Constant attention is also needed for certain manufacturing sectors. The professor thus evoked, for example, a particularly active household within a company of construction of furniture. In addition, wholesale and retail trade is also affected. Therefore, existing protocols should be examined to see if they cannot be optimized and implemented more efficiently.

Another sector at risk is the cleaning sector, including service voucher companies. No systematic screening takes place in these sectors and workers are at increased risk of encountering potentially infected people during their working day.

Good news, however, a significant drop in contamination has been observed in the health sector, where many people have been vaccinated. There is no more increase in cases. Vaccination is therefore bearing fruit, said Mr. Godderis.

Commissioner Corona Pedro Facon returned, during the press conference, to the testing strategy, particularly in the workplace. “Preventive and repeat testing is needed to reduce the risk in the workplace,” he said.

Last year, protocols and guides had been developed to better organize work during the health crisis. “The sectors most at risk must take additional measures,” insisted Mr. Facon. “We are currently using the federal stockpile of rapid antigenic tests to support companies and government agencies that wish to test their staff repeatedly. As of March 20, 365,000 tests have already been made available to 535 organizations. This initiative, which was scheduled to end at the end of April, is extended until the end of May, “he announced.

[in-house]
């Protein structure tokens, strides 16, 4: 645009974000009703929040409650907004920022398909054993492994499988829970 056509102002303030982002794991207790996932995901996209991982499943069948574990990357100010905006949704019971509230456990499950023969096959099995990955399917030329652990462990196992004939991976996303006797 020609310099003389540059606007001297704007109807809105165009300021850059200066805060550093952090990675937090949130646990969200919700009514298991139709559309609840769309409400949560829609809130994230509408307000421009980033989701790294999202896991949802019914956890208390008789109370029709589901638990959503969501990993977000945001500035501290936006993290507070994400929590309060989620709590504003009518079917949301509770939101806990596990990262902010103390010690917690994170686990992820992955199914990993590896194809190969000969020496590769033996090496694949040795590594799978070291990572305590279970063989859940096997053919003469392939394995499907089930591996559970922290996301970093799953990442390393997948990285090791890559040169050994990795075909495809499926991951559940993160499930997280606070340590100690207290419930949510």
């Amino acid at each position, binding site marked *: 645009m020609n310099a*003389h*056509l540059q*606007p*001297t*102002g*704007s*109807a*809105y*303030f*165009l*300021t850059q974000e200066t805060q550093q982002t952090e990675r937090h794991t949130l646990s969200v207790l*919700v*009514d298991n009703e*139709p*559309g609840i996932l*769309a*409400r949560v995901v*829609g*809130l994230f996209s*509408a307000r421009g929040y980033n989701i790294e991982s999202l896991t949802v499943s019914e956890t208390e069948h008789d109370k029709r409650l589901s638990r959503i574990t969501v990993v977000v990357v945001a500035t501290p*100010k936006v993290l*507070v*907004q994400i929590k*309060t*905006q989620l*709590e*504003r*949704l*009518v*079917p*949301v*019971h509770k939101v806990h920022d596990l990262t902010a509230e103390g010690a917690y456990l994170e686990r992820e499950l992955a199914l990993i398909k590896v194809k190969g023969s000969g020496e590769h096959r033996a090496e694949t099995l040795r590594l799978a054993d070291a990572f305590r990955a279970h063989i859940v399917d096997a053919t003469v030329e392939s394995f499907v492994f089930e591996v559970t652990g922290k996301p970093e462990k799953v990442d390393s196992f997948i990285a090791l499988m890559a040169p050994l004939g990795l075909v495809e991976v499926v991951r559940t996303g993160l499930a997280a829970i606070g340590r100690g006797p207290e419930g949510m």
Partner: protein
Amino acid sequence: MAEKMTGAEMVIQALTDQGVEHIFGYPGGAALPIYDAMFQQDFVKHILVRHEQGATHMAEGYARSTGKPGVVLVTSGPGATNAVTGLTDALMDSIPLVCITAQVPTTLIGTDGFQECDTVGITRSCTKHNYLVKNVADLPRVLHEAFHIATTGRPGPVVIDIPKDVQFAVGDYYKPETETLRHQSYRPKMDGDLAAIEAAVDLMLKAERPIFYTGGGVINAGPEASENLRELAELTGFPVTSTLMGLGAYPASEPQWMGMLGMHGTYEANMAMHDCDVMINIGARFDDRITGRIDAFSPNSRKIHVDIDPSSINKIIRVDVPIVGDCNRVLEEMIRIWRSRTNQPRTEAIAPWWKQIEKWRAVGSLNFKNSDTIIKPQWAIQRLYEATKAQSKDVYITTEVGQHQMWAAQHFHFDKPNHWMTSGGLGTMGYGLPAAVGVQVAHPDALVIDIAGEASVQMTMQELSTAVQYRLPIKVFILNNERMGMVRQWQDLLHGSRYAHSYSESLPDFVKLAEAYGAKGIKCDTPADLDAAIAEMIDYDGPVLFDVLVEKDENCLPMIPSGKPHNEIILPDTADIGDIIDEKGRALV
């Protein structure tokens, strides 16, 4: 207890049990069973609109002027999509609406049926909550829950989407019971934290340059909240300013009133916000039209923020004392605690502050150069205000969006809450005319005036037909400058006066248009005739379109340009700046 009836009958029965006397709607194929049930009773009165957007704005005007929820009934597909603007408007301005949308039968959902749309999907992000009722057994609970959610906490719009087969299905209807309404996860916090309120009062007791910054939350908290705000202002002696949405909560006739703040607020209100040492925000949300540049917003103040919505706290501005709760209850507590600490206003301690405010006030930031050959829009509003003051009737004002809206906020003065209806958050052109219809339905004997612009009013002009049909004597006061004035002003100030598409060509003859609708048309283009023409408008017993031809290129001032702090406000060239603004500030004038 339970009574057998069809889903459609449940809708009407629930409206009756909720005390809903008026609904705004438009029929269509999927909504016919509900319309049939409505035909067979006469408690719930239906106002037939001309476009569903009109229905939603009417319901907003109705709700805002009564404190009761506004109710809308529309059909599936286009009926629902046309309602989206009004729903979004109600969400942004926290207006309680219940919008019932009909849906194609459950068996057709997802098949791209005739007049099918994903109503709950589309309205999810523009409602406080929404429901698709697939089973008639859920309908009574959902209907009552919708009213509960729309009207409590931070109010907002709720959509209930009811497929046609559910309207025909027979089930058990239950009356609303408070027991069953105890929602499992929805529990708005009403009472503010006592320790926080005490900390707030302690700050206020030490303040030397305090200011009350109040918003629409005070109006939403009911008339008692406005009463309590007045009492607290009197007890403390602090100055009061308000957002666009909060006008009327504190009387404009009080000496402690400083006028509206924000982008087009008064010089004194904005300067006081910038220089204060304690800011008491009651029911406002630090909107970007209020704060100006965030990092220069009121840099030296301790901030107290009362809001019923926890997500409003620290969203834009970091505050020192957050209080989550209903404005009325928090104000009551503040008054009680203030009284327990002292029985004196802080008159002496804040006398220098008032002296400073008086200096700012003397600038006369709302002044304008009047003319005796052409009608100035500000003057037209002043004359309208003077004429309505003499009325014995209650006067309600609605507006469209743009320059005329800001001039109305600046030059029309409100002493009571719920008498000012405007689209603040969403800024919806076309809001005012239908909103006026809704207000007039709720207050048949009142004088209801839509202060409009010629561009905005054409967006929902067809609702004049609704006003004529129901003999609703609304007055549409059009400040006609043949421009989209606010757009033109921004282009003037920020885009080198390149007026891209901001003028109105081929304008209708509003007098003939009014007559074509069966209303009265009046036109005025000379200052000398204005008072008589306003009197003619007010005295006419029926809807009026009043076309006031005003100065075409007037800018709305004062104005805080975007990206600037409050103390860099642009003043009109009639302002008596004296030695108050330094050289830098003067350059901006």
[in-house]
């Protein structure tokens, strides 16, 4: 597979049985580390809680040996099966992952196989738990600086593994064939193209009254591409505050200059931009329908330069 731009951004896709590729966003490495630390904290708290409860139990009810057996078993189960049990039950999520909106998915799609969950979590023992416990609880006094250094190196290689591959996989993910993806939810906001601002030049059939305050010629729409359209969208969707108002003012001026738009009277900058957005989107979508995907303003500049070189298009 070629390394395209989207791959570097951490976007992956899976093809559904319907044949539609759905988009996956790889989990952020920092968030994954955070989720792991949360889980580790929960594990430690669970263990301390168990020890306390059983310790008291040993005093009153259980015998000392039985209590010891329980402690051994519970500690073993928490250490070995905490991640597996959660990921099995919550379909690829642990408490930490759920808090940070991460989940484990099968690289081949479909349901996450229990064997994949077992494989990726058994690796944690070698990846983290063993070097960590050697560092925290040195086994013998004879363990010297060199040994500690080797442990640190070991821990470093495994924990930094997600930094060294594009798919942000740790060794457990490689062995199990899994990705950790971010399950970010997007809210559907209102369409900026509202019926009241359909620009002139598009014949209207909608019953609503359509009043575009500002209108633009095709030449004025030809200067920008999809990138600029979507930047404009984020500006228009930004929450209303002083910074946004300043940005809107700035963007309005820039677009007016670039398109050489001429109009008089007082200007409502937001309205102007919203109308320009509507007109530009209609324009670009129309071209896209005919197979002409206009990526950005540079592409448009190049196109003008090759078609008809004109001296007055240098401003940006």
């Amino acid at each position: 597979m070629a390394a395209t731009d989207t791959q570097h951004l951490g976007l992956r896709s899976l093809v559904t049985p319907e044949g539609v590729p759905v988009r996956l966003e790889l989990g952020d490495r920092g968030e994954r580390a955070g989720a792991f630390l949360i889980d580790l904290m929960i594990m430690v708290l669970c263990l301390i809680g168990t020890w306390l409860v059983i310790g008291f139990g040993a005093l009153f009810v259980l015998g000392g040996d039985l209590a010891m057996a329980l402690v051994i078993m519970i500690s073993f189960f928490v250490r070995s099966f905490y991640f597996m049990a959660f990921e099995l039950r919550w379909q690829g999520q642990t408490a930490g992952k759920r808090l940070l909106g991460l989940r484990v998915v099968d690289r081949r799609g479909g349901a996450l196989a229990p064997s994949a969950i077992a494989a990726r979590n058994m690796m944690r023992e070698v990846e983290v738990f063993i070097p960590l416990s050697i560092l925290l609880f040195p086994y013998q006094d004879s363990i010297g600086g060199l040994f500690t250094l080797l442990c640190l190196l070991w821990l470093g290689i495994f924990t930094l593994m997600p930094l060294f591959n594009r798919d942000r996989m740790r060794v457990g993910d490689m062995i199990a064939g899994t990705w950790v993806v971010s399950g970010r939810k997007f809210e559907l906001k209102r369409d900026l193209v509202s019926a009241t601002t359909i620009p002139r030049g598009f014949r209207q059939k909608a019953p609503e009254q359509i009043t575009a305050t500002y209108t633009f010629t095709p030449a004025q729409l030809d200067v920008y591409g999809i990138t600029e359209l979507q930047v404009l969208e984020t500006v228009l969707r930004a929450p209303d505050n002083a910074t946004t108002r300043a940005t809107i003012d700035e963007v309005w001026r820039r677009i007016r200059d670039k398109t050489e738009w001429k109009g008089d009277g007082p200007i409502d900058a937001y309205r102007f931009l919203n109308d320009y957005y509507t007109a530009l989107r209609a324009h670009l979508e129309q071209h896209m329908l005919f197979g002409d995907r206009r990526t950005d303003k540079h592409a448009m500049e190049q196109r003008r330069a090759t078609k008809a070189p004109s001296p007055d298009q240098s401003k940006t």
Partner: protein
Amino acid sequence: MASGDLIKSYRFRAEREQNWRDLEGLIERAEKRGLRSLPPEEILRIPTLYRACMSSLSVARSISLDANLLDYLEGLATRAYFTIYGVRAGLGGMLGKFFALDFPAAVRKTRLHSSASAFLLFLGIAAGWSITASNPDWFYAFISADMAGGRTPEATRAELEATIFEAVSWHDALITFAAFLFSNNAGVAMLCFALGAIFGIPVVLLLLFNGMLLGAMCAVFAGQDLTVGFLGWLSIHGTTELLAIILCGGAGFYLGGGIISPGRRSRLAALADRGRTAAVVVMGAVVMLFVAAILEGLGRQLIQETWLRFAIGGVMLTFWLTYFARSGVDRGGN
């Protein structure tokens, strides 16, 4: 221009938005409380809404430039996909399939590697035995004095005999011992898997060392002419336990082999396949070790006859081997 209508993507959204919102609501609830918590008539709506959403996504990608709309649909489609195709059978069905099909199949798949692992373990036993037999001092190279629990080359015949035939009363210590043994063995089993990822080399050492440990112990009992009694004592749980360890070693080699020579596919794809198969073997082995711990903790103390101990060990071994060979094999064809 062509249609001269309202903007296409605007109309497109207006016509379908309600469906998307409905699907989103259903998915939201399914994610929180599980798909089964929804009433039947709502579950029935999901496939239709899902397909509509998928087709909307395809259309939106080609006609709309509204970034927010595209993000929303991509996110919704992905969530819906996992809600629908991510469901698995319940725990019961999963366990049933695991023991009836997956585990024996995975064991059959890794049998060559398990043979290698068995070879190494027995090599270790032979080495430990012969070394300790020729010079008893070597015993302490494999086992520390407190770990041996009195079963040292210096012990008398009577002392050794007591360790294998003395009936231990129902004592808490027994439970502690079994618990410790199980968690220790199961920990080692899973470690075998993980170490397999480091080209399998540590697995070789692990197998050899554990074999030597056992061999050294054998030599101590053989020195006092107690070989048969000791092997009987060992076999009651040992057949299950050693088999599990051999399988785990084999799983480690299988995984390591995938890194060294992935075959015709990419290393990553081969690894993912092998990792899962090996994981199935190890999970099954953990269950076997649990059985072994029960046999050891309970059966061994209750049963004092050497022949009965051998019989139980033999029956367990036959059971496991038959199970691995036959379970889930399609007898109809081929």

The study, carried out jointly by the University of Hasselt, KU leuven, the external service for prevention and protection at work Idewe and Sciensano was presented Tuesday during the bi-weekly press conference of Sciensano and the crisis center. The study maps the sectoral activities most exposed to the virus. “This analysis allows us to refine the fight against the spread of the coronavirus without jeopardizing the vitality of our companies or other sectors of activity,” said Professor Lode Godderis, co-author of the study and member the GEMS advisory board, which is advising the government during this health crisis. Like many other industries, the non-medical contact professions are exposed to high circulation of the virus. This is particularly the case for non-independent hairdressers. “This is where the incidence is highest, despite compliance with health measures and protocols in place,” said Mr. Godderis. An increased incidence was also observed among teachers in compulsory education. As of March 29, the incidence rate among this population was 670 cases, which is significantly higher than in any other area. “But thanks to the extended Easter holidays, the incidence rate has fallen sharply to approach that of the general population,” he said. In the food industry, the meat processing, production and preservation sectors represent particularly high incidences: more than 1,000 cases per 100,000 employees over a period of 14 days. “This sector therefore requires special attention”, underlined Mr. Godderis. Constant attention is also needed for certain manufacturing sectors. The professor thus evoked, for example, a particularly active household within a company of construction of furniture. In addition, wholesale and retail trade is also affected. Therefore, existing protocols should be examined to see if they cannot be optimized and implemented more efficiently. Another sector at risk is the cleaning sector, including service voucher companies. No systematic screening takes place in these sectors and workers are at increased risk of encountering potentially infected people during their working day. Good news, however, a significant drop in contamination has been observed in the health sector, where many people have been vaccinated. There is no more increase in cases. Vaccination is therefore bearing fruit, said Mr. Godderis. Commissioner Corona Pedro Facon returned, during the press conference, to the testing strategy, particularly in the workplace. “Preventive and repeat testing is needed to reduce the risk in the workplace,” he said. Last year, protocols and guides had been developed to better organize work during the health crisis. “The sectors most at risk must take additional measures,” insisted Mr. Facon. “We are currently using the federal stockpile of rapid antigenic tests to support companies and government agencies that wish to test their staff repeatedly. As of March 20, 365,000 tests have already been made available to 535 organizations. This initiative, which was scheduled to end at the end of April, is extended until the end of May, “he announced.